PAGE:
Joe Wicks says millions of parents are suffering from mental health issues after lockdown | Joe Wicks

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Joe Wicks said he realized the scale of the mental health crisis in the UK when he was inundated with messages from fans during the lockdown, saying he sometimes spent seven hours a day answering calls help.

The 36-year-old fitness trainer, known as The Body Coach, will explore his parents’ mental health struggles in a new documentary, examining how his mother’s eating disorder and severe obsessive-compulsive disorder and the His father’s drug addiction affected him as a child. .

Joe Wicks: Facing My Childhood, was produced by documentary filmmaker Louis Theroux, who previously revealed Wicks’ exercise regimen was one of the things that helped him cope during lockdown.

Wicks told the Radio Times: “After [YouTube series] PE with Joe finished, I realized that I hadn’t just helped people’s physical health, but also their mental health. I wanted to continue this conversation.

“When I was young, I didn’t know my parents had mental health issues. I just thought my dad was a drug addict and my mom loved cleaning. But I was aware that I had this ability to share my story and hoped it would inspire people.

The fitness and nutrition specialist revealed that as a child he used exercise to relax and avoid the atmosphere at home.

He said, “If I hadn’t exercised, I would have been a nightmare. No one could have controlled me. Physical education was the one subject I looked forward to, as it helped me focus. »

Wicks revealed that he had received little therapy himself, apart from a few family counseling sessions as a child, and the documentary was the deepest he had delved into his past.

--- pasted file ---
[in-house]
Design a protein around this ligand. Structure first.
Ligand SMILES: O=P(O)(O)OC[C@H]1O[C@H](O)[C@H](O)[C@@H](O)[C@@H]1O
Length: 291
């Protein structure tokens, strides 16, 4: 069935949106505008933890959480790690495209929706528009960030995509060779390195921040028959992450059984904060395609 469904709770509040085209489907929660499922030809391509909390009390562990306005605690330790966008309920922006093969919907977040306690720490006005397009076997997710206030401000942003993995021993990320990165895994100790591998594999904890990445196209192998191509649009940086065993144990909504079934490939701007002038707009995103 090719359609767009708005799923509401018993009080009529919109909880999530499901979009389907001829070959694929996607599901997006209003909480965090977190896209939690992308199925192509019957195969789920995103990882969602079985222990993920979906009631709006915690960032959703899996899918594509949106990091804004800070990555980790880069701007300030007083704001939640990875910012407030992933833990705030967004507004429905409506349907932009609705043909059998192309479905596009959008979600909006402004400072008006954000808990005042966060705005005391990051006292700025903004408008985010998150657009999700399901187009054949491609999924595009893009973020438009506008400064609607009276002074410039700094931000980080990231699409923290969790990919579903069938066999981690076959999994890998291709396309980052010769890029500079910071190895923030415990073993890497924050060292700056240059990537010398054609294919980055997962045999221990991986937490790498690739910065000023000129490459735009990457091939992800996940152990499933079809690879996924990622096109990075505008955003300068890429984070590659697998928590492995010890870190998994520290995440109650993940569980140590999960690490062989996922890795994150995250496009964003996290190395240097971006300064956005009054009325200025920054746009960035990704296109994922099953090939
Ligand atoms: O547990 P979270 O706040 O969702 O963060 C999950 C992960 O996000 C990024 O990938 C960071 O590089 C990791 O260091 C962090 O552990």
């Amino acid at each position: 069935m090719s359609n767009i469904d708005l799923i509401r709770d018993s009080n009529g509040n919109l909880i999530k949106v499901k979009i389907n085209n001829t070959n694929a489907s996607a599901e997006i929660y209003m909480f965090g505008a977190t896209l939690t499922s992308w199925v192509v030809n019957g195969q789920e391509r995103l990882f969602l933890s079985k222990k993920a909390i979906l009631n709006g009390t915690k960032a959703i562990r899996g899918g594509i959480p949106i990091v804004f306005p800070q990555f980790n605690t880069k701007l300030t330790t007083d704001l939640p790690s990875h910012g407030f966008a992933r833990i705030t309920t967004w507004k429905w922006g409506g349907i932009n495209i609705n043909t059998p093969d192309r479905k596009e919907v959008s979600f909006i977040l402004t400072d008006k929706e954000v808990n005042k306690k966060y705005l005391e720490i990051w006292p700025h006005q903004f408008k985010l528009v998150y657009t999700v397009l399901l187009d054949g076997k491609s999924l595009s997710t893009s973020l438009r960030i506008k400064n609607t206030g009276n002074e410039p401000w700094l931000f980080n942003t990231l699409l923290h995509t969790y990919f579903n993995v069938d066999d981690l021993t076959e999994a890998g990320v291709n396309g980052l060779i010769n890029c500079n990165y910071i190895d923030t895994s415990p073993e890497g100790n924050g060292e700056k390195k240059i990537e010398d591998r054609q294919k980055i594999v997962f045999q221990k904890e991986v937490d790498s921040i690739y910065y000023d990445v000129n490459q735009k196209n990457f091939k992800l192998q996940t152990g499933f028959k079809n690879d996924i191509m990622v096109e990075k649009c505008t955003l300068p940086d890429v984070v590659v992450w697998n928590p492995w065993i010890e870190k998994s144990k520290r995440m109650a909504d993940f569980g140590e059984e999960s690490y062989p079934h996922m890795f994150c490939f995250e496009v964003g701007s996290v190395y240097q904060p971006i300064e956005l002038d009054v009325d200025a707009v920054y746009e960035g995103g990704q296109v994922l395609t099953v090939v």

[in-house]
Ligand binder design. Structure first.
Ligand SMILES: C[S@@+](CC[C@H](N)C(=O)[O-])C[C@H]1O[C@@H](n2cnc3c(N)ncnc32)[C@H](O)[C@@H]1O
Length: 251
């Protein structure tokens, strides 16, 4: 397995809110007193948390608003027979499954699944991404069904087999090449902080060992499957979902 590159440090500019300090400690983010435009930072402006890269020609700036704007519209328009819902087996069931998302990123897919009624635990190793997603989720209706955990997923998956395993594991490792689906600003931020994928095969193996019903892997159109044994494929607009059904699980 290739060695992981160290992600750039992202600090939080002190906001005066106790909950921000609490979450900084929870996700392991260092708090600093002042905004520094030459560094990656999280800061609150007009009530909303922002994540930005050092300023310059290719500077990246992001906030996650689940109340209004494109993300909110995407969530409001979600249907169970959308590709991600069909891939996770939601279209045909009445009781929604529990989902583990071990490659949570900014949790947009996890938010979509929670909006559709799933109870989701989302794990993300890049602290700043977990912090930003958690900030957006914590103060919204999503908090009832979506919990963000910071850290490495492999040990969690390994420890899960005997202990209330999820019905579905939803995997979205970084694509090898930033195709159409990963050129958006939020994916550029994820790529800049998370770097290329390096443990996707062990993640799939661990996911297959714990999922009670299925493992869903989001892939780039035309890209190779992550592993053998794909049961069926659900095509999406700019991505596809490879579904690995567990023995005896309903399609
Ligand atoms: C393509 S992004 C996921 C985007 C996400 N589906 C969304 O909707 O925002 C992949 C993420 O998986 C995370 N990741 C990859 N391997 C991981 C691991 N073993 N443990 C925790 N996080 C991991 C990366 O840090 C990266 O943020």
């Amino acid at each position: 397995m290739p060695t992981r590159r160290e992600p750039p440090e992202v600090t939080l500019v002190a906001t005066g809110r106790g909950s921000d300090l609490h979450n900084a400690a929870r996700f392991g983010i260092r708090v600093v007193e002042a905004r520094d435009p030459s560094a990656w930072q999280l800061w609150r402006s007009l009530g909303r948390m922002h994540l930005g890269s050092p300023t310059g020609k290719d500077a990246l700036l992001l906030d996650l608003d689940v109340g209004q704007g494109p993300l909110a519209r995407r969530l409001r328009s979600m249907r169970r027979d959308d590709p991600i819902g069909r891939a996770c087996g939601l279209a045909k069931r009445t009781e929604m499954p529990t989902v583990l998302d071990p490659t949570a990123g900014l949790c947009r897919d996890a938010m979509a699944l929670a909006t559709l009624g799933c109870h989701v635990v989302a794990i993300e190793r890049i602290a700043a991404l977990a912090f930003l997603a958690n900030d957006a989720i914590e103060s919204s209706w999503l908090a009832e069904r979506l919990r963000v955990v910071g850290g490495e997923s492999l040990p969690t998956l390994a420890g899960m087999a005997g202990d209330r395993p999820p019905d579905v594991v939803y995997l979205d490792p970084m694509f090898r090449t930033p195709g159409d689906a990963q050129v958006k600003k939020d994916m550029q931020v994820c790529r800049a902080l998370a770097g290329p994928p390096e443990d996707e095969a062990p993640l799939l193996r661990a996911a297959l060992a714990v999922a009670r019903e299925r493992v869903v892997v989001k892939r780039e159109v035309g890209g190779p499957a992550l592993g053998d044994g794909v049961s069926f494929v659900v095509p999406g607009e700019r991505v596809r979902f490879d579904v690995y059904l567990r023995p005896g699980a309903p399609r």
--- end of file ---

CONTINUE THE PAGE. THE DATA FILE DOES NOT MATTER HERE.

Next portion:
Learning from his experience of being kept in the dark, Wicks hoped children could be better informed about their parents’ mental health.

He said: “Millions of parents are experiencing mental health issues, especially post-lockdown. They get carried away and try to be brave and happy, but inside they’re probably falling apart. When parents move away, children become withdrawn.

Wicks said he discovered the depth of the country’s mental health issues after being inundated with messages from fans during the lockdown. He sometimes spent up to seven hours a day responding to the thousands of messages and calls for help he received.

“Helping people is addictive. When I open my phone and go to Instagram, I’m not just going to see a cat video. I’m going to see a DM [direct message] of someone in need. This feeling of helping someone is energizing, but it also exhausts me. It’s overwhelming to take it all on. »

The documentary will air on BBC One on May 16.

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